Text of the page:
Erickson has maintained the integrity of the 49ers offense. The numbering systems are the same. The routes haven't changed. The verbiage for play-calling is the same. Erickson studied the offense and added a few fine points and a more aggressive philosophy.

"We just gave Jeff more flexibility," Erickson said. "You motion in this offense to try to get matchups, yet we didn't audible very much here except to get out of a bad play. Once you get the matchup you have been working on and it's sitting there, you have to take advantage of it. We're going to give Jeff the flexibility to see that match up and go downfield with it."

As a coach, Erickson does things the quiet way. He's not a big guy for meetings and rah, rah speeches. He's a coach's coach, who was ahead of the offensive curve in college with his spread offense. He loves studying tape and tweaking schemes. He's always worked well with quarterbacks.

For Garcia, the transition could have been tougher. Garcia loved Mariucci and still does. The two won a lot of games together. Mariucci developed Garcia to be an NFL starter after he came over from the Canadian Football League. But Erickson's behind-the-scene style made it easy for Garcia to accept the coaching change.

"I really like Dennis," Garcia said. "I think he's done a nice job of coming and somewhat adapting to what we do, but putting his own stamp on things. I think what he brings is an aggressive style, a style where he's going after it."

It's a lot more physical this year than the last two. He wants us to be more physical in practice so we can go into games and know how to tackle. He thought we were missing tackles and stuff. We normally don't wear pads during the season. We didn't tackle well last year. This year, it's intense.
Kevan Barlow, 49ers running back on camp under new coach Dennis Erickson

At Seattle, Erickson was 31-33 but should have won points for the degree of difficulty he was under. He left national champion teams at the University of Miami to come home to the Seattle area, but he came to a franchise heading toward turmoil. Ken Behring, then the owner, didn't kick in big dollars for free agency, but that didn't bother Erickson too much. Uprooting the franchise and moving it to Los Angeles for one offeason spoiled another year.

In Year 4, fighting for that first playoff game, Erickson had a win stolen from him when an official thought Vinny Testaverde's helmet was a football and gave the Jets a game-winning touchdown that shouldn't have happened.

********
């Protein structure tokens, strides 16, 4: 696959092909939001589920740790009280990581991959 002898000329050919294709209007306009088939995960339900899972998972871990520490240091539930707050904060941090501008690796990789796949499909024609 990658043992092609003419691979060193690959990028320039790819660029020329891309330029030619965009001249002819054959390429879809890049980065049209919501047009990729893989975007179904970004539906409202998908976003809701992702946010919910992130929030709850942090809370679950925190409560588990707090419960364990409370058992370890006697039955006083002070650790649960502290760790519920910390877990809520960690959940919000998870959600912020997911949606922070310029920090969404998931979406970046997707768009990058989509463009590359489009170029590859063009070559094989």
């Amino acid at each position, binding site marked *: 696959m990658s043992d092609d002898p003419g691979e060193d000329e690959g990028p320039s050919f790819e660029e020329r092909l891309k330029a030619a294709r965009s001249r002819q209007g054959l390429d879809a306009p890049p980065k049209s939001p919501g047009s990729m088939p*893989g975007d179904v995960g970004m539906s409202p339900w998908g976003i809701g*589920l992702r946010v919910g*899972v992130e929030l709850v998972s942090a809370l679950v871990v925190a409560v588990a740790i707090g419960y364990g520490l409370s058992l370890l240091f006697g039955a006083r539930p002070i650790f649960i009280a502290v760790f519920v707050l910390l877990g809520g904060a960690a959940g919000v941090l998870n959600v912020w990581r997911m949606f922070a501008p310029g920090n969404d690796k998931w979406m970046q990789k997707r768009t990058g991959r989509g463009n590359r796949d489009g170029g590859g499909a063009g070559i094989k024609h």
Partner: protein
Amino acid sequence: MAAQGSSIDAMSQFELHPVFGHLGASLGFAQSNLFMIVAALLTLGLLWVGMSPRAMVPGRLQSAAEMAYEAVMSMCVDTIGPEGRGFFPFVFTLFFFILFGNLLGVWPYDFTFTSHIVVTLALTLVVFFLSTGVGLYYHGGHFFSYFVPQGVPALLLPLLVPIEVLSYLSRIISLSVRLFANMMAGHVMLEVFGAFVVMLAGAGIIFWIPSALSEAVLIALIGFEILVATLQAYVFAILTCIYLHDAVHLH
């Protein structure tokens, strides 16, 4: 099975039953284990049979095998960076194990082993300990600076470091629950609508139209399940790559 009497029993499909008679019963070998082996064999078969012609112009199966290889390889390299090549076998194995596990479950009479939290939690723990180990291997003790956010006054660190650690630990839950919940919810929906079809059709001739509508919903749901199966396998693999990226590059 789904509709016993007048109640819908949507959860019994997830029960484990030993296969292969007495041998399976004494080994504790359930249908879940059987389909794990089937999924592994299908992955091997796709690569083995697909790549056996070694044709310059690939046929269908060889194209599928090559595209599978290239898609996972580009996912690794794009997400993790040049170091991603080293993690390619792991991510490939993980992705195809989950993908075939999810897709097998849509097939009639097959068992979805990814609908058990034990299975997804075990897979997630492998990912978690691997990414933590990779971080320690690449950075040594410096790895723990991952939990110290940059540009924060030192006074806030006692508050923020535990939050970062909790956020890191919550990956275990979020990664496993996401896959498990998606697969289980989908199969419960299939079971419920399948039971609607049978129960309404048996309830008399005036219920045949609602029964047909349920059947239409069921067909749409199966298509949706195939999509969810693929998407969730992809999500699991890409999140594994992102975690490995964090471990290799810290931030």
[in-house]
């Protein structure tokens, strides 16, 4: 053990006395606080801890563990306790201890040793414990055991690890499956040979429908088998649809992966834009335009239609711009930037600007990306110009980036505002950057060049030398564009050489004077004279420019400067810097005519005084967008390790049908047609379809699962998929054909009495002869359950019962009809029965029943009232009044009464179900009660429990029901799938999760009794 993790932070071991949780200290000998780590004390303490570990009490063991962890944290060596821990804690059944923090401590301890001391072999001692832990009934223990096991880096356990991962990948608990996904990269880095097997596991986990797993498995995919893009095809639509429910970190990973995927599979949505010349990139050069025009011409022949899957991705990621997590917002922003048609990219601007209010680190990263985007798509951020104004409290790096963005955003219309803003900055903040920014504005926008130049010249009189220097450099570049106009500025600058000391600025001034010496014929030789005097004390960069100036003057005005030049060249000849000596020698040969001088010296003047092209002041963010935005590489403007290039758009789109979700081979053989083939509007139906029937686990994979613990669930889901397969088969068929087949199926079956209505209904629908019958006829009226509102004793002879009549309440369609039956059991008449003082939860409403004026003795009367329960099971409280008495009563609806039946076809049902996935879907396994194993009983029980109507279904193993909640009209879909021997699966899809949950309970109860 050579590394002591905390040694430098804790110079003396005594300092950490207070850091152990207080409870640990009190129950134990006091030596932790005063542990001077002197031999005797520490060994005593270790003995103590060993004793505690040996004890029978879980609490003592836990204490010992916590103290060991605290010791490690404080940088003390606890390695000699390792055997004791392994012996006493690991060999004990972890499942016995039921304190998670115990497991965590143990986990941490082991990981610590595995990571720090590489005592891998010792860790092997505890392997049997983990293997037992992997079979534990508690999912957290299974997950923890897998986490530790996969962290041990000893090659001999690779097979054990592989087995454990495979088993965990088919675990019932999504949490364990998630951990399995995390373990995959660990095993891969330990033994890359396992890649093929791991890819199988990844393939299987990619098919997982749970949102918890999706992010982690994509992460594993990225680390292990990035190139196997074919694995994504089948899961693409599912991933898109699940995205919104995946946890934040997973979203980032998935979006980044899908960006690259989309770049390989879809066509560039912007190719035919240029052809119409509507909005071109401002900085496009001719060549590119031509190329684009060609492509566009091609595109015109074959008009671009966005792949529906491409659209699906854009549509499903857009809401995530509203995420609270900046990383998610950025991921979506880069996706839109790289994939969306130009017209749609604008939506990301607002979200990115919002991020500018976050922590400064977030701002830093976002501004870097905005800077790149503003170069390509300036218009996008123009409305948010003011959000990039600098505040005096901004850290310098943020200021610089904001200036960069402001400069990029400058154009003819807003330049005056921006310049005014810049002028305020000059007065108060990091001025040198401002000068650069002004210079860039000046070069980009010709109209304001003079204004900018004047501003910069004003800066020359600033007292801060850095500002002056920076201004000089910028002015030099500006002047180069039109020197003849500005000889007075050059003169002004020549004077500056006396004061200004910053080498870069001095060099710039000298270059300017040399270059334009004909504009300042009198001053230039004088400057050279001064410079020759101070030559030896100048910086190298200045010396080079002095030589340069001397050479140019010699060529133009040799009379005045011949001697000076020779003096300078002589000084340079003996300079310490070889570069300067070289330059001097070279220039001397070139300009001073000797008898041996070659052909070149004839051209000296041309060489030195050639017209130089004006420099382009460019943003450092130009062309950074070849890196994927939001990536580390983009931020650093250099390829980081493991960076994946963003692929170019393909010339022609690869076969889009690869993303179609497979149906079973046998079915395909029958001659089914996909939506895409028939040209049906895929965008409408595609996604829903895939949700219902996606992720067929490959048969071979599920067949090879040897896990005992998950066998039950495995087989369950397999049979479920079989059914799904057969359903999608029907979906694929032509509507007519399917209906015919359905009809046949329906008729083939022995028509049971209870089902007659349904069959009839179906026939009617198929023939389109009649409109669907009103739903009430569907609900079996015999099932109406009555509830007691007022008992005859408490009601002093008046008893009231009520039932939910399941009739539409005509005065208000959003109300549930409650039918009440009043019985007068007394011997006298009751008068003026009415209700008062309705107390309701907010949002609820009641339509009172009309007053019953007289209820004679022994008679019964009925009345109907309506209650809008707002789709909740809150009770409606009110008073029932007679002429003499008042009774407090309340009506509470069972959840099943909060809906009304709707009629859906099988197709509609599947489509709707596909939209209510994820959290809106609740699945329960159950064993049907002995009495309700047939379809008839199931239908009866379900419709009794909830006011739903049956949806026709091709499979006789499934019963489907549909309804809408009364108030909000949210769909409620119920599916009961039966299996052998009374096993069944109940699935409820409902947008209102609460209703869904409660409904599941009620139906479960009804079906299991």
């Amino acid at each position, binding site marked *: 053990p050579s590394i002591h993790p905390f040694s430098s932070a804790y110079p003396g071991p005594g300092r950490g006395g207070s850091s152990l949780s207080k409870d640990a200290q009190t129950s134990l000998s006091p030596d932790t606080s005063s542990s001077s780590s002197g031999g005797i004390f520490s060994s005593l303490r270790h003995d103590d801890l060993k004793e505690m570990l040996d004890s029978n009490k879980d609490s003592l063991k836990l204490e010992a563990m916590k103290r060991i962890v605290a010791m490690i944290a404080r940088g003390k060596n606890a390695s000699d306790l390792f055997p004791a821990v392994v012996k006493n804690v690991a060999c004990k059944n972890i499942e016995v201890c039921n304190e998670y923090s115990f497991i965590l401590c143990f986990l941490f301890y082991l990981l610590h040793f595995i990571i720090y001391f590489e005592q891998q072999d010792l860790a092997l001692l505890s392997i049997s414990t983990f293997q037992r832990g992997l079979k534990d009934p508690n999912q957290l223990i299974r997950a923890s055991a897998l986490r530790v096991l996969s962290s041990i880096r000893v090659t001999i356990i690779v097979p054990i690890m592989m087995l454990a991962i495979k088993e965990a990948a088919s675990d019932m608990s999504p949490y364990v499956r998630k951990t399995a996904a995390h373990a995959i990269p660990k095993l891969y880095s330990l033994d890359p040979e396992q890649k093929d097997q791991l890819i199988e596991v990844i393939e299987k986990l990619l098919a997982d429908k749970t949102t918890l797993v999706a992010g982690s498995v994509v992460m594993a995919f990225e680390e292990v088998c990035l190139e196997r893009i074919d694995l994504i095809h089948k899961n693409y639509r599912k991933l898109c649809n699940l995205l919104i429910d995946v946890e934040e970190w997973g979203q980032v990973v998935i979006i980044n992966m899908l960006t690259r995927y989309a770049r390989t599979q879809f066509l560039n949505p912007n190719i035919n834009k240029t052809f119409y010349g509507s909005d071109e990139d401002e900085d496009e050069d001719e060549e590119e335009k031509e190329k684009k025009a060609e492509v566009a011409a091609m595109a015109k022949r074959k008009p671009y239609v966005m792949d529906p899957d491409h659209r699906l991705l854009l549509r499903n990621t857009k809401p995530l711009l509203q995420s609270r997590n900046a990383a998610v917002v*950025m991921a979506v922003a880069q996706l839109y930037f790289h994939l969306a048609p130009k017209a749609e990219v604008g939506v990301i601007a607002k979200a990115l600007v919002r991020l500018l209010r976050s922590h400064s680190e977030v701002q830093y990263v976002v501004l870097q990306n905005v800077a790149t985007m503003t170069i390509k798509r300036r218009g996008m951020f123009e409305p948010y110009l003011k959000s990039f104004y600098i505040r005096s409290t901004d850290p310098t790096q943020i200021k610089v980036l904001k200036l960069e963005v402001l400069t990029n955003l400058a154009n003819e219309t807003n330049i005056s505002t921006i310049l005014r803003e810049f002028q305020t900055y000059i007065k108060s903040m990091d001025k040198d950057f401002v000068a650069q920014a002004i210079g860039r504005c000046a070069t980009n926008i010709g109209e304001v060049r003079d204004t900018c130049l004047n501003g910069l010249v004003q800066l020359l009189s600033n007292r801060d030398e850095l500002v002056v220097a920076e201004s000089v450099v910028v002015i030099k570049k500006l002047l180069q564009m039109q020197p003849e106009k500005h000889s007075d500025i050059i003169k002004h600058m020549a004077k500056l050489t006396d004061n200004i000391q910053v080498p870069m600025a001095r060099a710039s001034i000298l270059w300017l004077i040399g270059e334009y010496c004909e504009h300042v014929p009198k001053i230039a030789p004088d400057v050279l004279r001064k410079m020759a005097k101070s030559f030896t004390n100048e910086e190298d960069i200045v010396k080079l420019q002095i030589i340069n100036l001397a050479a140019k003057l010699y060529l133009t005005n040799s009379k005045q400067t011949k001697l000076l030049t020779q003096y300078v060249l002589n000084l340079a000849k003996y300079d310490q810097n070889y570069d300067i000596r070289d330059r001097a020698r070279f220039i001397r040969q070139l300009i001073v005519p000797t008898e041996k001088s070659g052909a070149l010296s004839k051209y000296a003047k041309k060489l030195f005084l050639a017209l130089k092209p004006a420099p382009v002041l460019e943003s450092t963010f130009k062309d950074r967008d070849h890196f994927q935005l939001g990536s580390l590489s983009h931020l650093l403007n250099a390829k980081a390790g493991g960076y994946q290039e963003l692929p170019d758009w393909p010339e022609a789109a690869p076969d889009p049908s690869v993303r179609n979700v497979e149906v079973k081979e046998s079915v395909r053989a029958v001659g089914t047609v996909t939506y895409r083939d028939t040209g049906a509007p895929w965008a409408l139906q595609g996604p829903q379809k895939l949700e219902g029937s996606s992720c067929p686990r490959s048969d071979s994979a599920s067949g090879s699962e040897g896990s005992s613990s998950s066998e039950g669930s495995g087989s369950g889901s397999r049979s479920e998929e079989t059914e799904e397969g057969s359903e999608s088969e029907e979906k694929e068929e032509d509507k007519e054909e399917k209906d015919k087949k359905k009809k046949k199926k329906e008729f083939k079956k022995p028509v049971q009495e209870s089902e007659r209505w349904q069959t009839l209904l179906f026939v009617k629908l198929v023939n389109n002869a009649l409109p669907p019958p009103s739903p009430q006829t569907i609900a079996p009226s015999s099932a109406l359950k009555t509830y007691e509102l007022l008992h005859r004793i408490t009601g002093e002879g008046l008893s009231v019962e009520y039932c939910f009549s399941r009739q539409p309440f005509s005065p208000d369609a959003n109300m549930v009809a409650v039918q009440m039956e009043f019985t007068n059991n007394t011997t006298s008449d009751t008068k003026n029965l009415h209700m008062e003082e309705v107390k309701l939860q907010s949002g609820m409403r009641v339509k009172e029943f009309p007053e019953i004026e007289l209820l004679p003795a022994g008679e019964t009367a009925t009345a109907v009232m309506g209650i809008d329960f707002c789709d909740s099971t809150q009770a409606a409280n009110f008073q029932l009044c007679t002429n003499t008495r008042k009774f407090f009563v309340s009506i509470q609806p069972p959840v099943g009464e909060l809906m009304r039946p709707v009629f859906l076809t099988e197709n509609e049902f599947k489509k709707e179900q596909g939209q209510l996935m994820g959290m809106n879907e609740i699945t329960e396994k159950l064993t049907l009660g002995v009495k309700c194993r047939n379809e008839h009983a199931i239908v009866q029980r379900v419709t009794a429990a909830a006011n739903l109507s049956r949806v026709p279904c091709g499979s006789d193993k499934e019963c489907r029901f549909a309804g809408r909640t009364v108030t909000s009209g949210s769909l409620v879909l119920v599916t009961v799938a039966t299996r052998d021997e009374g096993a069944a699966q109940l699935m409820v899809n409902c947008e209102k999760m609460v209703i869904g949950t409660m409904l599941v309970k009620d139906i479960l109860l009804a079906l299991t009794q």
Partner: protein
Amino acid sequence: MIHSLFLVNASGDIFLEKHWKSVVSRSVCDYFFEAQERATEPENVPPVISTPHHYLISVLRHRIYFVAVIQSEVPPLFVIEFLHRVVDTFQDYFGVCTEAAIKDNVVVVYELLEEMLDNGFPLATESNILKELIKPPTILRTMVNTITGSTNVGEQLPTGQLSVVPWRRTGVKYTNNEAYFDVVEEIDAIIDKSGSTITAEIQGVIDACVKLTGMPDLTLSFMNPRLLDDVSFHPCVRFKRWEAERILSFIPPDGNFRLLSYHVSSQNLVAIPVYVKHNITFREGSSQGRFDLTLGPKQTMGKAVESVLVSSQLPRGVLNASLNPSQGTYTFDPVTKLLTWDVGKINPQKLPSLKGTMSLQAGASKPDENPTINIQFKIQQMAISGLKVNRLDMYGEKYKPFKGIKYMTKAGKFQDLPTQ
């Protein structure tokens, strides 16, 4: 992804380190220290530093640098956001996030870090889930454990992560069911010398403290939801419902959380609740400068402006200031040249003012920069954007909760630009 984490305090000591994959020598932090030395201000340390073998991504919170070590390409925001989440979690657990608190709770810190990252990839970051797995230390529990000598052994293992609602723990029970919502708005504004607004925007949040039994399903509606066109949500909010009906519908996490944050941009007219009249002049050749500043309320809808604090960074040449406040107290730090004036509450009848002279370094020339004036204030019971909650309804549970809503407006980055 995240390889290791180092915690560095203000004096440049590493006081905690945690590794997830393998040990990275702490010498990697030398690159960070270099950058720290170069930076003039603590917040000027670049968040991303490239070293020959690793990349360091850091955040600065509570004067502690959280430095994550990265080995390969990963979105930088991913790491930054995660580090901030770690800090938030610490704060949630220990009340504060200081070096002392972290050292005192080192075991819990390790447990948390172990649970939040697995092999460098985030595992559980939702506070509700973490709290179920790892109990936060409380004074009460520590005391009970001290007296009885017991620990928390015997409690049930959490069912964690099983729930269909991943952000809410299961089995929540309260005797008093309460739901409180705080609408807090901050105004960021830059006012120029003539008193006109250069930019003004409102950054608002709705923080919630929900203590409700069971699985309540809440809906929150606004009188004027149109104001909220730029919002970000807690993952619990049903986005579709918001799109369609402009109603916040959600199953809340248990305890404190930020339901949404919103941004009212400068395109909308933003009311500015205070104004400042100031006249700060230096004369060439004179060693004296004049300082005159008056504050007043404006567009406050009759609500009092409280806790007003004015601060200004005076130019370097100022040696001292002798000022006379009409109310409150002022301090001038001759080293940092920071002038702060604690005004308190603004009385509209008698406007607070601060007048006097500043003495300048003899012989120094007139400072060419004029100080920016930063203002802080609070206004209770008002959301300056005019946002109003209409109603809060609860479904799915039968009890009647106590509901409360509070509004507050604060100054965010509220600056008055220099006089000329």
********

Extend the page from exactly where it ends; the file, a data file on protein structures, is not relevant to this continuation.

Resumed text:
Unlike the Seahawks experience, Erickson has been handed a talented team in San Francisco. Depth on the defensive line is a worry. With Jason Webster out until mid-August following ankle surgery, the cornerback position is precariously thin. But offensively, the 49ers are good. Erickson's an offensive coach. This should work.

"The sky is the limit in this season," Owens said. "I'm not going to say what numbers we can put up. I've been productive in this offense the last seven years. But now we can be more alert for the downfield throw. I'm looking forward to that."

Uncertainty looms after this season. Owens hoped to have a contract extension wrapped up by the start of training camp, but negotiations haven't really begun. The incredibly successful 2000 draft class in which the 49ers found five defensive starters are watching their contracts run out, too.

"I've come to the realization that I may not be here next year," Owens said. "I pretty much prepared myself for that. I've seen situations come and go. I've seen the situation with Jerry Rice. I heard about the situation with Joe Montana. I'm no different than those guys. They were bigger superstars than I was. I'm just a football player here right now who's under contract. If we don't get something done, I can hold my head down. Life goes on."

Life is going on in San Francisco with a new man in charge. So far, Erickson has been a hit.

John Clayton is a senior writer for